Long story short?
Yes, bail them out.
One can’t have a conversation about bailing out the automobile industry without examining the cost of NOT bailing out the auto industry. Clusterstock links to a John Maudlin newsletter, excerpted below:
Bloomberg today cites sources that claim a collapse of GM would cost taxpayers $200 billion if the company were forced to liquidate. The projections also called for the loss of “millions” of auto-related jobs. GM, Ford, and Chrysler employ 240,000. They provide healthcare to 2 million, pension benefits to 775,000. Another 5 million jobs are directly related to the three auto companies. GM has 6,000 dealerships which employ 344,000 people. According to a recent study by the Center for Automotive Research (CAR), if the domestic automakers cut output and employment by 50 percent, nearly 2.5 million jobs would be lost and governments would lose $108 billion in revenue over three years. (Edd Snyder at Roadtrip blog)
All told, a partial bailout of $25B is slightly more than 10% of the anticipated fallout of the failure of GM.
There are several parties who share some portion of the blame. Executive management often made wrong headed decisions throughout the last half century, from ignoring Demming’s push towards quality, underestimated the competency of the Japanese (who did listen to Demming), to making bloated land yachts through through the late-sixties, to the horrible technological compromises of the 1970s in reaction to the fuel embargo, to badge engineering in the 1980s. The 1990s brought gradual improvements, and now, some of the GM portfolio are worthy of standing alongside with their competitors. They have largely attoned for the product sins of the past.
The existing (and almost extinct) business model of the domestics has been that of volume and not profit. As the big three found themselves shedding market share, particularly to Honda and Toyota, they became increasingly dependent on both leasing and fleet sales – both of which have the short-term effect of driving sales, but also have a negative systemic effect of flooding the market with used cars, which in turn drives down the residual value, which devalues their product and makes it increasingly difficult to continue leasing.
Unions are the next to be heaped with scorn, largely from the starched pundits and the white collar world, as well as free-market zealots. One cannot criticize the union for trying to hold on to whatever they have, especially within the context of our current economy. At the same time, many current union members as well as retirees would agree that the benefits paid to retirees and their families are quite generous. The cost of unionization effects the cost of the vehicles produced, but the UAW doesn’t not design, market, or sell cars. The union does effect quality and cost, but no more. Further, the union know what the costs are, and have and will continue to make whatever sacrifice is necessary. The union realizes that manufacturers are victims of the current economy, and not solely to blame for the industry’s woes. There is an anti-union atmosphere in the United States, especially among the elite. Witness what is omitted from this AP article, as highlighted by Emptywheel at FDL:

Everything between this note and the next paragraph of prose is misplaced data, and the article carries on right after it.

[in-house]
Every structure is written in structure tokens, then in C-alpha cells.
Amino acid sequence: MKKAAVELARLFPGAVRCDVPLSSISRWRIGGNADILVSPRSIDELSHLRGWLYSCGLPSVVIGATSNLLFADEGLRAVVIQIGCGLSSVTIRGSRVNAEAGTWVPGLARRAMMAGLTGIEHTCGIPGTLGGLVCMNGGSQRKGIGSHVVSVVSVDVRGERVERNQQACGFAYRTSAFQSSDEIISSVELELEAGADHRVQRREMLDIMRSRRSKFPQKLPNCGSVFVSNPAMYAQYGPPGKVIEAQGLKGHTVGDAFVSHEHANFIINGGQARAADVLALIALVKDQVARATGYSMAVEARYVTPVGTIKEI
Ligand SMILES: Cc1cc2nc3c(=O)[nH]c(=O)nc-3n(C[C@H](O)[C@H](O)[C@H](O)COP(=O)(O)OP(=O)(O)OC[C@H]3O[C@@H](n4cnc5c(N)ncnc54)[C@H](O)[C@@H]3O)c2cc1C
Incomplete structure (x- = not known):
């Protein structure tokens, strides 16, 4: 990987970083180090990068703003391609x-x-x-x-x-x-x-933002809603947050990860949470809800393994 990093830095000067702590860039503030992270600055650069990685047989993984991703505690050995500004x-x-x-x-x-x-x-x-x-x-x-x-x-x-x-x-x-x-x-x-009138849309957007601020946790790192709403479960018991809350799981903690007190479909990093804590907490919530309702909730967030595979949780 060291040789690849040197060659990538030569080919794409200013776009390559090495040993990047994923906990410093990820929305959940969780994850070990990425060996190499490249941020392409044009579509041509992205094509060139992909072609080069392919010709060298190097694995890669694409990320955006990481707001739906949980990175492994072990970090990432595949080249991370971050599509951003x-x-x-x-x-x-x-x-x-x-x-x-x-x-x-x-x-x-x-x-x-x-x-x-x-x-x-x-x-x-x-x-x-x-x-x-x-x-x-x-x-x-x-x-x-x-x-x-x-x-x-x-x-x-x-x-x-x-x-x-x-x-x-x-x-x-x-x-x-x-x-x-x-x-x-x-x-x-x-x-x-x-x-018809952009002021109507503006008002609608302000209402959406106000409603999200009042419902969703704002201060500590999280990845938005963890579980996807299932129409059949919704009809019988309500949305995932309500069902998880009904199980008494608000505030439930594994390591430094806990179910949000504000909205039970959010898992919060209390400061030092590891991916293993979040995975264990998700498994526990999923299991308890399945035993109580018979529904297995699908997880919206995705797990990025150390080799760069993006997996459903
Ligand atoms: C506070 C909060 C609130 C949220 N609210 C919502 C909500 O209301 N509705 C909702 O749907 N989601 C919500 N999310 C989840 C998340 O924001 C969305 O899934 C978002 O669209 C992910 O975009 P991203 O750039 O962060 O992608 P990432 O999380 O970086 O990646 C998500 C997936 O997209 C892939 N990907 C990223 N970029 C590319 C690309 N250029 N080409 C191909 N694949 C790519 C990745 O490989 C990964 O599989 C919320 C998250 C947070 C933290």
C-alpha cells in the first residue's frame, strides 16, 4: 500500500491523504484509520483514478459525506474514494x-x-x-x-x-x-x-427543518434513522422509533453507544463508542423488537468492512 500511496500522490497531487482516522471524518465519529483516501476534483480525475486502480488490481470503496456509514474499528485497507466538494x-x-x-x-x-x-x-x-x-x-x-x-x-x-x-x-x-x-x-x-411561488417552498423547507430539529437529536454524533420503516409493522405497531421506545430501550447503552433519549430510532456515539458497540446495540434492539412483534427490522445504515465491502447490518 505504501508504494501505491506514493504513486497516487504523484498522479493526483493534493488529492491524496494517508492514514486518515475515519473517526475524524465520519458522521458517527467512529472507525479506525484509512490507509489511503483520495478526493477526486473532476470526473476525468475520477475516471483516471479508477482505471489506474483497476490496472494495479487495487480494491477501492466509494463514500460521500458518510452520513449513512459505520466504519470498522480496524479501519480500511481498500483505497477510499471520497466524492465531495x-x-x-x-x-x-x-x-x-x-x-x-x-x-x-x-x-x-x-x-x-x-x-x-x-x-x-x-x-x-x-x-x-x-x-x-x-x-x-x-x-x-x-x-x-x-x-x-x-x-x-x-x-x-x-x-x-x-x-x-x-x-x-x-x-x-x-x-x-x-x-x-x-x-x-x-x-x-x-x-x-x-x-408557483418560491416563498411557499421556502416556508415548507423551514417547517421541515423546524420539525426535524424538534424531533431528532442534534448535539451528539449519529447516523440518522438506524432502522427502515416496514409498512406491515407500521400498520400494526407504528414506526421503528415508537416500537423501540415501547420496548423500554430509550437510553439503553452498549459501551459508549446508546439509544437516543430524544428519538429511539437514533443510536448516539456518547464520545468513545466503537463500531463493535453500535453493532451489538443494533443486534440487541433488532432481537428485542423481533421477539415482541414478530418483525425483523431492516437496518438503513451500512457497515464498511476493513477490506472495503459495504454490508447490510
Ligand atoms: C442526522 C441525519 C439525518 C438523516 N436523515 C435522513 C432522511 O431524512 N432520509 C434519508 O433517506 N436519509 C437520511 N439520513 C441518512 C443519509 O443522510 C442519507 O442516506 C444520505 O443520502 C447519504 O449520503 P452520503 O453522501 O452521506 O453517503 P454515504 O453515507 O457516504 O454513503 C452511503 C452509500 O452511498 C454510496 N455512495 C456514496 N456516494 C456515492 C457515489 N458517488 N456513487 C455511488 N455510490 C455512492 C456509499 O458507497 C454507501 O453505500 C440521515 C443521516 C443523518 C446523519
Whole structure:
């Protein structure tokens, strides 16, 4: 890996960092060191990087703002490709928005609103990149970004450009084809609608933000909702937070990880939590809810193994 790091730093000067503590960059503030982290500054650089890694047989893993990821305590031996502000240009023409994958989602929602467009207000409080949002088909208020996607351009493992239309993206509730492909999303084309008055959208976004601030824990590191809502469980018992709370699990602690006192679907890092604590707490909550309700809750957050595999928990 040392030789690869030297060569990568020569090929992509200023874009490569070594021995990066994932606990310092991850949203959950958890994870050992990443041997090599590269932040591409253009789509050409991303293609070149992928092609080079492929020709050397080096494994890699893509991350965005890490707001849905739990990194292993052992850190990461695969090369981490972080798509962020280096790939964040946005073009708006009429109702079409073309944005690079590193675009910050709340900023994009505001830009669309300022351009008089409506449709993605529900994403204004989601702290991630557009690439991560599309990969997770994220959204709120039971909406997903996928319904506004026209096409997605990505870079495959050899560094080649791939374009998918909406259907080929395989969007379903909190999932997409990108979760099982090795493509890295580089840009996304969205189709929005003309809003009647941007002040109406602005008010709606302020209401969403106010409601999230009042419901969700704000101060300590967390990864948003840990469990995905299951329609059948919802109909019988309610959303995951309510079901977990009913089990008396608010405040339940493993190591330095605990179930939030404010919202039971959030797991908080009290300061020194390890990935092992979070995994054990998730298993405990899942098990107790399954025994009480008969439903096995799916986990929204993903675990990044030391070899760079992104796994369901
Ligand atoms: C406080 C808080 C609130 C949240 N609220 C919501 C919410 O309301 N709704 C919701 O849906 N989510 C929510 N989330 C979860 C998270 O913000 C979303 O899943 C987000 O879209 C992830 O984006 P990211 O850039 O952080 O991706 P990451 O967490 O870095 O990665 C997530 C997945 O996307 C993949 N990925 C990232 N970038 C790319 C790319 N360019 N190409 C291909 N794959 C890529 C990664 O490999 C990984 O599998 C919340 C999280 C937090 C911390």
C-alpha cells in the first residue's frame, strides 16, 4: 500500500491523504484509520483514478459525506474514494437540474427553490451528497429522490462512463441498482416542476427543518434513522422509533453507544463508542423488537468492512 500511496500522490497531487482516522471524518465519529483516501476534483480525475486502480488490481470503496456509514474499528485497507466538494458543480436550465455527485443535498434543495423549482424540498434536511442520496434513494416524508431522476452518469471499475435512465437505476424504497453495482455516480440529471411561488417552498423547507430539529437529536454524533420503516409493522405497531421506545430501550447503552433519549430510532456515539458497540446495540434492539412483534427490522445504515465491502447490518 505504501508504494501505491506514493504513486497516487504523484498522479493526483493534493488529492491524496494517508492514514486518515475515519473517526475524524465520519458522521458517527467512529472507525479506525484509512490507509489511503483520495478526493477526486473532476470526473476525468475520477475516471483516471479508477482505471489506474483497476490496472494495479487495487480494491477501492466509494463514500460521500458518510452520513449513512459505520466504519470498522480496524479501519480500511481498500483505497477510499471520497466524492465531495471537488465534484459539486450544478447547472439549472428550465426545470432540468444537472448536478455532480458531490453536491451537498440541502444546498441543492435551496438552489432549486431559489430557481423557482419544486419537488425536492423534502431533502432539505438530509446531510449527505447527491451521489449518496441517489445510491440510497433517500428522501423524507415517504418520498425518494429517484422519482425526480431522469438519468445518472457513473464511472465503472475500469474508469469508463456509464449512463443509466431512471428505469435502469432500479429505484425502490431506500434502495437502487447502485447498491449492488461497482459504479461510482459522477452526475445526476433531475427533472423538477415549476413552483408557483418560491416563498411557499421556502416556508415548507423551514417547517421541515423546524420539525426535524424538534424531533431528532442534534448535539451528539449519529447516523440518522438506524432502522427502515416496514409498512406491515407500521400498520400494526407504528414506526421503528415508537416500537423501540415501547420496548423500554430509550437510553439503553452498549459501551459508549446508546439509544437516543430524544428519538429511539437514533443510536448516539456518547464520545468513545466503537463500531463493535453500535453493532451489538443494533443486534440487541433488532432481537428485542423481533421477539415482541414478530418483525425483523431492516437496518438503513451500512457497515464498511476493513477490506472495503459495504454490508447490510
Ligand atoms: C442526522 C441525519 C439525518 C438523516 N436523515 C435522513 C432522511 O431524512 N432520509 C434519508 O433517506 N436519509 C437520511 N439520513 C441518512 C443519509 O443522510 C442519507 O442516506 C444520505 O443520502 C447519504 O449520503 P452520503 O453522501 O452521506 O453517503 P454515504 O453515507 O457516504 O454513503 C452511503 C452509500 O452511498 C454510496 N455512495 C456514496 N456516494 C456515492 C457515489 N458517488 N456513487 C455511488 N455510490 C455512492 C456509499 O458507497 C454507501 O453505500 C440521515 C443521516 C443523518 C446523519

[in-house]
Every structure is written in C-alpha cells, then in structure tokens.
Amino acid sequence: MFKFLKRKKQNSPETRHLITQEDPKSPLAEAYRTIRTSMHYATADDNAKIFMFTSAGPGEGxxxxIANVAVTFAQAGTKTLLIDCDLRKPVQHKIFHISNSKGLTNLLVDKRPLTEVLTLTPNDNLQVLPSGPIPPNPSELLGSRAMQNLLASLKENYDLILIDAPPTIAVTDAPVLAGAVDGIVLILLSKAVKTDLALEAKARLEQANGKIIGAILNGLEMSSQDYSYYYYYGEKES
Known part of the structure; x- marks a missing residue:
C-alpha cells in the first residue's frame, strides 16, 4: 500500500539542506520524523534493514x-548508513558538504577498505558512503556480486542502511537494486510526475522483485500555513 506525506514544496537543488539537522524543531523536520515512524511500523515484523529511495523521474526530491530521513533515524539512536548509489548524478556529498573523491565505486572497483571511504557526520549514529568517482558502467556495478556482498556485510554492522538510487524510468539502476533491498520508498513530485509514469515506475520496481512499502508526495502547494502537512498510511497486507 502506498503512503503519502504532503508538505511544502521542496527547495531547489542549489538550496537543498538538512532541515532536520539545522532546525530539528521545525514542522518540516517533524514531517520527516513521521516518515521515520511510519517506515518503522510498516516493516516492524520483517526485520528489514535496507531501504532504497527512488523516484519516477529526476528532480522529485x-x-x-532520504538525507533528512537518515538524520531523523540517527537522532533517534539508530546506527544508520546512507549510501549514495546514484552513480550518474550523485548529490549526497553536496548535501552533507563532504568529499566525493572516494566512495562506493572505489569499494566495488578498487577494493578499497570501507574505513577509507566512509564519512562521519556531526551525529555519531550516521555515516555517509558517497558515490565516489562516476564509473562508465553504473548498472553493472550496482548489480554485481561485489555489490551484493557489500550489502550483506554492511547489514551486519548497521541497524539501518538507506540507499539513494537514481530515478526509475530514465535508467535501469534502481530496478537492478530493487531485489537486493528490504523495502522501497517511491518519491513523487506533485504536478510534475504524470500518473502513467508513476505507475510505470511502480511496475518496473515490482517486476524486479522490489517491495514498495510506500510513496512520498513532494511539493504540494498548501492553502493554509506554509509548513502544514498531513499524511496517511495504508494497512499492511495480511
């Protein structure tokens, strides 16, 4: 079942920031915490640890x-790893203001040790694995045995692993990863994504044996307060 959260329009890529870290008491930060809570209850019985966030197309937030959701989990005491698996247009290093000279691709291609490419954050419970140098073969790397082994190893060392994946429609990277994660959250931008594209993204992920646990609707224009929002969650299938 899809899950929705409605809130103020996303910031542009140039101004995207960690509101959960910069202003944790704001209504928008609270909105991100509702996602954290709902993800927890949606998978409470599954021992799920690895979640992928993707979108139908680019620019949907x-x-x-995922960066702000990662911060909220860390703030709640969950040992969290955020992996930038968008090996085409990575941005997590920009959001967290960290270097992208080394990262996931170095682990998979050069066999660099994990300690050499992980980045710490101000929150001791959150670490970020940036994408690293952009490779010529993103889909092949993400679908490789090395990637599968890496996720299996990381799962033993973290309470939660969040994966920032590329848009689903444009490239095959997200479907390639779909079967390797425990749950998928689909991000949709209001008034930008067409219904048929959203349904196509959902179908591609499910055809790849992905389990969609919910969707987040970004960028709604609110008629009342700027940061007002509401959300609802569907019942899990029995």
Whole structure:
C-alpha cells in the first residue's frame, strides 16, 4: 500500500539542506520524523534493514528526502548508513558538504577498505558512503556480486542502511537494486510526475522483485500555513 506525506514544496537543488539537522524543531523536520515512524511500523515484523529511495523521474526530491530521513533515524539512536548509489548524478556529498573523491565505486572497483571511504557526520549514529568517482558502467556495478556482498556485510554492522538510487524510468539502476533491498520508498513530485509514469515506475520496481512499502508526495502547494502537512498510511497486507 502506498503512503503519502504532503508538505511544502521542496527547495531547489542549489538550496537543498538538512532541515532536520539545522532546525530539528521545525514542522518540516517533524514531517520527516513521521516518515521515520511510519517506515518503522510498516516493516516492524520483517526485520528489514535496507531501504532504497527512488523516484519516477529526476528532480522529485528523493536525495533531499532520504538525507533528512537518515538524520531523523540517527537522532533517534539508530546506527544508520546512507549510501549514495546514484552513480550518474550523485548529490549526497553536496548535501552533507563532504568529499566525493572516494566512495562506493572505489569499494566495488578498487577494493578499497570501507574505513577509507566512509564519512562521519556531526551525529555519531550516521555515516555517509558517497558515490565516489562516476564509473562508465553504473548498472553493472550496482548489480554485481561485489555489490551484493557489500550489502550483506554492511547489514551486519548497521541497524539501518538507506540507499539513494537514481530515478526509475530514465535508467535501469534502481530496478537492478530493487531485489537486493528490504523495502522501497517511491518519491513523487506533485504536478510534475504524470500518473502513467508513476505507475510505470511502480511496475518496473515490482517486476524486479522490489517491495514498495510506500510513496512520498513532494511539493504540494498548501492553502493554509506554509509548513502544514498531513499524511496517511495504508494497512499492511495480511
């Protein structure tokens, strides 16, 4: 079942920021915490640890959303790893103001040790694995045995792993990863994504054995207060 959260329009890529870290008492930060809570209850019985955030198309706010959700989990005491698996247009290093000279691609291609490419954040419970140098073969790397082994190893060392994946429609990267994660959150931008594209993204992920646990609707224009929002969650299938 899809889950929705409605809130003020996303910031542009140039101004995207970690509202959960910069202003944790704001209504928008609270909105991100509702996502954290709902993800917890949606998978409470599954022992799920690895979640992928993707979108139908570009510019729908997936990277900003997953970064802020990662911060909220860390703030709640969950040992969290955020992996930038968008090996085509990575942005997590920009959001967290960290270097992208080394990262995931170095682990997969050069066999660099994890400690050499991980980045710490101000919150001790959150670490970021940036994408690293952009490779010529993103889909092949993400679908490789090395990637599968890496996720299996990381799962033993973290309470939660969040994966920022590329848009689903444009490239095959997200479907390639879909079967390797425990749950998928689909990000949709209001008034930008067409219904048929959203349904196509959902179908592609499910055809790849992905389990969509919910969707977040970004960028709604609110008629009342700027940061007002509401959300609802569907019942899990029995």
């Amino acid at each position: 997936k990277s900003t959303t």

In its contract last year, the UAW made painful concessions, adopting a two-tier wage structure, such that new employees make just $12 to $15 an hour. The move is projected to bring the American manufacturers in line with their Japanese rivals’ non-union labor costs in the near future.
In addition, the union has taken responsibility for providing retiree healthcare, thereby eliminating one of the last remaining competitive disadvantages for the American manufacturers’ unionized workforce as compared to their Japanese rivals.
With these agreements, the UAW has managed to save jobs, while still providing the superior labor force that leads most segments (big PDF, see page 10-11) in terms of the most efficient plants measured in hours per vehicle.
The UAW’s workers have made deep concessions to ensure American-owned auto industry remains competitive with its foreign competitors. Now that the American-owned manufacturers have eliminated some of the structural disadvantages that gave foreign competitors a market advantage, it would be a terrible waste for its country not to do what’s necessary to sustain American manufacturing though this tough financial period.
Post-9/11, with extremely low-interest rates (to 0%) and thousands of dollars of rebates as well as pull-ahead leasing programs, sucked business forward from the future, depriving them of future sales. At the time, post 9/11, the industry was in a position to absorb those costs, realizing that in a volume manufacturing business, stopping sales would not be sustainable. After incentivizing sales, they enjoyed some record months. But that too, was not sustainable.